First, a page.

An art thief had all the climbing skills of Spiderman, a French court was told on Monday.
Yet he needed none of them to walk off with more than €100 million worth of masterpieces - including a Matisse, Picasso and Modigliani - from a Paris museum with "disconcerting ease".
An alleged accomplice has claimed he later threw the lot into a rubbish bin in a moment of panic.
Vjeran Tomic, 49, whose Spiderman nickname stems from his ability to scale buildings to rob apartments, was accused of stealing five paintings after he broke into the Musee d'Art Moderne opposite the Eiffel Tower in May 2010, in what has been described as one of the biggest painting thefts in recent years.
But in an ironic twist, all Tomic had to do was break one pane of glass and a puny padlock to carry out his daring heist, a special Paris court for serious financial crimes was told.
Presiding judge Peimane Ghalez-Marzban lamented the "disconcerting ease" in which the athletic thief evaded "defective" security to steal the "priceless" mastepieces whose value "far surpasses their market value".
Paris city hall put the total value of the haul at €100m but some experts said they were worth twice that amount.
Three guards were on duty inside the sprawling museum on the night of the theft but due to a faulty alarm system the thief was able to move around freely without them noticing the thief. The guards said they had switched off the alarms two months previously, and informed their superiors, as they kept going off at the slightest movement.
During questioning, Tomic, who has 14 previous convictions, told police he had initially broken into the museum only to steal a Fernand Leger work - the 1922 painting titled Still Life with Candlestick - but once inside was "surprised" when the burglary alarm failed to sound.
Being a "veritable art lover," he told them he then wandered around for another hour, eluding 30 closed circuit cameras that were so bad that individuals were unrecognisable to cherry pick four other masterpieces.
He and took Picasso's Dove with Green Peas (painted in 1911), Pastoral by Henri Matisse (1906), Olive Tree near l'Estaque by Georges Braque (1906), and Woman with Fan by Amedeo Modigliani (1919) before finally making his escape.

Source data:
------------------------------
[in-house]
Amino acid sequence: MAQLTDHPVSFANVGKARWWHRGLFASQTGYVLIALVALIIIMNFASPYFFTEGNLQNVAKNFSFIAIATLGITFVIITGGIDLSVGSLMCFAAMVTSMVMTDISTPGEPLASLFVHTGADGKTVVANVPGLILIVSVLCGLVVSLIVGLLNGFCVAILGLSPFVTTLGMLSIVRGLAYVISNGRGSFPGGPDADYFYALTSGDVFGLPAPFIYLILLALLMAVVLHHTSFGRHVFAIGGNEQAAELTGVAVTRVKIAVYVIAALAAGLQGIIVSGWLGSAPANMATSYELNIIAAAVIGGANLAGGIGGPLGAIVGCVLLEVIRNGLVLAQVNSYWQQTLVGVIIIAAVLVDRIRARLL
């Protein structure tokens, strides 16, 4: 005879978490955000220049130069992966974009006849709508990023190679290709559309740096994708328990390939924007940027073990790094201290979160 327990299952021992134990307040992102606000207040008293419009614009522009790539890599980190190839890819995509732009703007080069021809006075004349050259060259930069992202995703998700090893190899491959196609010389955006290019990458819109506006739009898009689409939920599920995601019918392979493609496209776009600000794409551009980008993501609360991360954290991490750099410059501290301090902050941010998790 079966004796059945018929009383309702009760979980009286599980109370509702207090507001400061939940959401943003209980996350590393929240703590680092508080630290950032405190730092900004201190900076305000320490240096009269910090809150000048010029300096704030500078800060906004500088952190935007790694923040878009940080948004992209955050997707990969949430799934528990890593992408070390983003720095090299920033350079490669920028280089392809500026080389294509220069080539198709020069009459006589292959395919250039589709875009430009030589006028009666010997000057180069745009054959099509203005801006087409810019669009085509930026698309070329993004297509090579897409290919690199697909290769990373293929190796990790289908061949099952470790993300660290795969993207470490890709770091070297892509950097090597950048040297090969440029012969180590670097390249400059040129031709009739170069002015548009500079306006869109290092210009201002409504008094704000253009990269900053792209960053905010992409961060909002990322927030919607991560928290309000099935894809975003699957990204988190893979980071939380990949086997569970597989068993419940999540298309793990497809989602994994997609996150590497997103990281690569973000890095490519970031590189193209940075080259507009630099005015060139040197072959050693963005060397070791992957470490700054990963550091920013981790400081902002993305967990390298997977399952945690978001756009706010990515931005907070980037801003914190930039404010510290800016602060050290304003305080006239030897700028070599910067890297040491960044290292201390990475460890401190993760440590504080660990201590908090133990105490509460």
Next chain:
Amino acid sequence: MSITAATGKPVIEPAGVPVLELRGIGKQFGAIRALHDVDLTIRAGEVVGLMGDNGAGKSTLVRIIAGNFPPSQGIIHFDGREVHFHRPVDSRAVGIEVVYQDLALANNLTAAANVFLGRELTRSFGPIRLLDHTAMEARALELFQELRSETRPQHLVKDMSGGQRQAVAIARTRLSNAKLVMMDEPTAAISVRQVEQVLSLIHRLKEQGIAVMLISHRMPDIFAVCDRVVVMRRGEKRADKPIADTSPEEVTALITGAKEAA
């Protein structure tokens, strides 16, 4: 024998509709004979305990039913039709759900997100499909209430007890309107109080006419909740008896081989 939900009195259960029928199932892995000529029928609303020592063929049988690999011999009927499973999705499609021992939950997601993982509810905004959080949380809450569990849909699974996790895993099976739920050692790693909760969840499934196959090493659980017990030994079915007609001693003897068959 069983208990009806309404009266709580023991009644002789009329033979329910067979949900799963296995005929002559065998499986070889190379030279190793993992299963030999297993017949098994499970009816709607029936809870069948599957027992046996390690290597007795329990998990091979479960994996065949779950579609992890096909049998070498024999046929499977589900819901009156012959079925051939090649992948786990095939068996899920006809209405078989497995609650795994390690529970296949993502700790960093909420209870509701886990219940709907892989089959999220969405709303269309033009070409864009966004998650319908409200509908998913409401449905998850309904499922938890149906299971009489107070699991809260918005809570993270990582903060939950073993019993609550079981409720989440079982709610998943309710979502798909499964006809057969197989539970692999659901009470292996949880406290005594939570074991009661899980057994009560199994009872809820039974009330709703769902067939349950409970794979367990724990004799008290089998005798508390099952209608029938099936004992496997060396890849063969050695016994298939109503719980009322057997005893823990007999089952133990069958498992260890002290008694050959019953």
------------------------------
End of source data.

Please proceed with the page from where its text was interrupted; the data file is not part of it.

Before entering court, he asked reporters, "Who am I? Arsène Lupin", referring to the legendary French master thief.
Tomic was arrested in May 2011 after an anonymous tip to the police about a tall, athletic individual hanging around the museum in the days leading up to the heist. Police said he quickly confessed to the theft but refused to give the name of the person who ordered it.
Two other men are accused of receiving the stolen paintings.
Jean-Michel Corvez, an antiques dealer, is accused of ordering at least one of the works, the Leger in exchange for €40,000 for Mr Tomic, who told investigators the order was from a "Moroccan or Saudi" collector, but that he had got carried away and taken five works.
A third defendant, Yonathan Birn, a rare watch dealer and repairer, is accused of hiding the five works.
During questioning Birn broke down in tears, claiming he had thrown the lot in the bin out of panic.
"I'm crying because it's monstrous what I've done, he told the investigating judge according to the indictment. "I was overcome with panic. I lost all reason and decided to take the paintings out of my workplace and from a safe," he told the judge.
"I thought I was being followed by the police, convinced I was being filmed or spied on. I told myself that I couldn't get out of the building with the paintings and committed the irreparable," he said.
Investigators say that claim is improbable and believe that the works, which also include works were sold to a collector - perhaps in Israel, which Birn visited.
Tomic faces 20 years in prison and the other two defendants 10 years.
The trial continues.